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Dr. Mulawarman Hannase, Middle Eastern Studies: Homecoming and Halalbihalal to Enliven Eid Al-Fitr

Universitas Indonesia > News > News Highlights > Dr. Mulawarman Hannase, Middle Eastern Studies: Homecoming and Halalbihalal to Enliven Eid Al-Fitr

As Eid al-Fitr approaches, markets and shopping centers in Saudi Arabia are crowded with Muslims who want to meet their needs, from food to clothing. As host to the two holy cities of Islam, Mecca and Medina, Eid al-Fitr celebrations in Saudi Arabia are always lively. Lantern decorations and colorful lights decorate the streets, trees, and buildings in the city. People enjoy religious songs. One of the famous songs during the month of Ramadan and Eid is the song Ya Leilet El Eid by Umm Kulthum, released in 1939.

Eid al-Fitr is the most important holiday for Muslims throughout the world. Often referred to as ‘Victory Day’, Eid al-Fitr marks the end of the fasting month of Ramadan. Expert in Middle Eastern Studies and Contemporary Islamic Issues from the School of Strategic and Global Studies (SKSG) Universitas Indonesia (UI), Dr. Mulawarman Hannase, Lc., MA.Hum., said that the Eid al-Fitr celebration has very clear instructions or arguments, as stated in the Al-Qur’an and the hadith of the Prophet Muhammad.

“In Surah Al-Baqarah verse 185, the clerics understand that after fasting Ramadan, Muslims are ordered to perform takbir, which was practiced by the Prophet Muhammad and his companions. In the development of Islamic history, public expression emerged to enliven Eid al-Fitr in different places throughout the world, with different local customs and cultures. “Nevertheless, Eid al-Fitr prayers are the same everywhere,” said Dr. Mulawarman.

In Saudi Arabia, the atmosphere at Eid al-Fitr prayers looks festive. Since early morning, people have held Eid prayers in large mosques and fields. After performing the prayer, we continue to greet each other and forgive each other. One of the Eid al-Fitr traditions that is an obligation is to visit relatives, family, friends, and colleagues to forgive each other. It is practiced by the Muslim community in the Middle East and Indonesia.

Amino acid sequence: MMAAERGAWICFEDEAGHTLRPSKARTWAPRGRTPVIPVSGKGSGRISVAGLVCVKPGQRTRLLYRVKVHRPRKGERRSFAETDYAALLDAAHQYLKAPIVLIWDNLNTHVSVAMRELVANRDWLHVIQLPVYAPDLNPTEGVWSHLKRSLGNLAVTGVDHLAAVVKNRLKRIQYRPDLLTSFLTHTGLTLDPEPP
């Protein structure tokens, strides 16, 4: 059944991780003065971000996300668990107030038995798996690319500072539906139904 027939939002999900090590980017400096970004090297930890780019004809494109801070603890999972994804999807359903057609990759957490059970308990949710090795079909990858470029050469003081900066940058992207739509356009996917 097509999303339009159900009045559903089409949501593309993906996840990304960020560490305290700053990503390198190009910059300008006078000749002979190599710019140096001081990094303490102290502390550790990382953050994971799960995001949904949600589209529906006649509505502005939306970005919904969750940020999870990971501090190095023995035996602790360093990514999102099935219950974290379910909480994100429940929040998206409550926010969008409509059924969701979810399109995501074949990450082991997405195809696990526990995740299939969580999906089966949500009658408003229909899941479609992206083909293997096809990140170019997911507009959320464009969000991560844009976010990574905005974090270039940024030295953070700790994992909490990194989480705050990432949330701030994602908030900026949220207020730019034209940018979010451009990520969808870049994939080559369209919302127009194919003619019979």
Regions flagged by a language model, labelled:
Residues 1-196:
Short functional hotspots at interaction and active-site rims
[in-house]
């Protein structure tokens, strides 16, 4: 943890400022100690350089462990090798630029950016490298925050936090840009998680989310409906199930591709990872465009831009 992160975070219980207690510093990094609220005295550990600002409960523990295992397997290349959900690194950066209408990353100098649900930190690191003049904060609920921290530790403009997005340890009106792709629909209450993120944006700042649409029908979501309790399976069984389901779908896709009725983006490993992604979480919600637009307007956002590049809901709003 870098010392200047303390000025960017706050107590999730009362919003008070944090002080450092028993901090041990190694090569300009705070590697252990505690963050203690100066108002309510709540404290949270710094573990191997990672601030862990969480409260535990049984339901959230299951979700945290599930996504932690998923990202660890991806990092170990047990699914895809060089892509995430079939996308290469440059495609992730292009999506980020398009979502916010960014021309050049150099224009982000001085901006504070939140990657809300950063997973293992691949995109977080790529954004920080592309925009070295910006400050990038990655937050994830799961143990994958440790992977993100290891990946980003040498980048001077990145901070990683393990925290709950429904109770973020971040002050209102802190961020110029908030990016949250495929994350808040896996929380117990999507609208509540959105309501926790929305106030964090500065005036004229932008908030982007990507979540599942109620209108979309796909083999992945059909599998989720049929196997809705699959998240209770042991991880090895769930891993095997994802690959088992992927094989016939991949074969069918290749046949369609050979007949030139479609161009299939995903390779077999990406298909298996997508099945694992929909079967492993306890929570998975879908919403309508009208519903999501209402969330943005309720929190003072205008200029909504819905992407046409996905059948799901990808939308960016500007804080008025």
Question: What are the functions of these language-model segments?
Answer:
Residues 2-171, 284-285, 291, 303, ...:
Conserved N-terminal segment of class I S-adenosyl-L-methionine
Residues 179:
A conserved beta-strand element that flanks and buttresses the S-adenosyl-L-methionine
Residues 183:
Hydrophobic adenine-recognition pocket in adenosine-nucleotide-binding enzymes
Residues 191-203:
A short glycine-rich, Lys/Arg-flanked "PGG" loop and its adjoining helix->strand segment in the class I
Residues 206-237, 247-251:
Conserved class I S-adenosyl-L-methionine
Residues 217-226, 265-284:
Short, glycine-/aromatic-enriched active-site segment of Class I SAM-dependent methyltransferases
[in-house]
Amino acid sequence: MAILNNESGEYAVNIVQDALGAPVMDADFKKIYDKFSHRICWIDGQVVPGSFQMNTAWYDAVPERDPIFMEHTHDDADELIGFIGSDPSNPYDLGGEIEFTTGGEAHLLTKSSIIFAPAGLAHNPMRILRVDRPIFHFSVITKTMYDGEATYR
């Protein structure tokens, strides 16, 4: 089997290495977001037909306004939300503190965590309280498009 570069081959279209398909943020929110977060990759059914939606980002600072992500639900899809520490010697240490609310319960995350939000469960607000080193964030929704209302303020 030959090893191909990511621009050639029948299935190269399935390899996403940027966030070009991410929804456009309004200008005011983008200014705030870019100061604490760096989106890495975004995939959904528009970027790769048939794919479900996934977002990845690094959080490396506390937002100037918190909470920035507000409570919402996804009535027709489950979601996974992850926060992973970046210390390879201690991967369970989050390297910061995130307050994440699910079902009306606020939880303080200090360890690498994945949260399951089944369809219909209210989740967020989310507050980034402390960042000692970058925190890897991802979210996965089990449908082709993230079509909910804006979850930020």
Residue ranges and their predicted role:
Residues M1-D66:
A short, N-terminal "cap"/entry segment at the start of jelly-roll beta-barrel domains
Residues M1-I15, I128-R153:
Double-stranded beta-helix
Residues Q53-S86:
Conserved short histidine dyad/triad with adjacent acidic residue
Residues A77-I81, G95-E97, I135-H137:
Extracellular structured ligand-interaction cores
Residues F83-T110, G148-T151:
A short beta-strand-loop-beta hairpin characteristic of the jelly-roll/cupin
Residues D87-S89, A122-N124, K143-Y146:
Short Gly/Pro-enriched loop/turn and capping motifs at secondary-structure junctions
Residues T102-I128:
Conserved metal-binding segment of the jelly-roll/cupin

Dr. Mulawarman said that the tradition of forgiving occurs everywhere because it is a commandment of the Islamic religion. “In Indonesia, the tradition of forgiving is well implemented in going home and saying goodbye to parents, visiting each other and gathering with family, as well as halal bi halal or essentially means forgiving each other between relatives, colleagues, and the work environment,” he said. According to Mulawarman, the term ‘halal bi halal’ does not exist in Saudi Arabian culture, but the substance of mutual forgiveness between fellow Muslims occurs universally.

The momentum of gathering with relatives will not be complete without typical Eid dishes served on the dining table. In Saudi Arabia, the main dish during Eid al-Fitr is beef, accompanied by various sweet cakes. Some traditional sweet and savory dishes of Saudi Arabia include dibyaza, masoub, and fatoot bread. However, Indonesian people will not find ketupat (rice cake) in Saudi Arabia because the country does not have coconut trees and palm trees whose leaves are used as raw material for making ketupat.

For children in Saudi Arabia, the Eidiyah tradition is eagerly awaited. Eidiyah is a tradition of giving gifts (money) in various amounts to children on Eid al-Fitr. However, it’s not just children who get money during Eid. The Saudi Arabian government annually provides quite large allowances to employees and workers. A similar thing is also found in Indonesia, which is THR or Holiday Allowance.

Quoted from Arab News, the King of Saudi Arabia, King Salman bin Abdulaziz Al Saud, disbursed holiday allowances for Saudi Arabian citizens worth three billion Riyals (around Rp. 12.7 trillion) this year. According to Mulawarman, this allowance is a social welfare assistance and is aimed at orphans, widows, the unemployed, people with disabilities, and the elderly.

The Saudi Arabian government has also allocated a long holiday for the public to celebrate Eid al-Fitr. “The Eid Al-Fitr national holiday is usually between five days and a week for Saudi Arabian citizens. In 2023, King Salman will implement a five-day national holiday,” said Mulawarman. Muslims in Saudi Arabia spend holidays visiting tourist attractions, parks, and other public spaces. As Indonesians do, they use the holiday to visit relatives in their hometown or what is usually called homegoing and quality time with the family.

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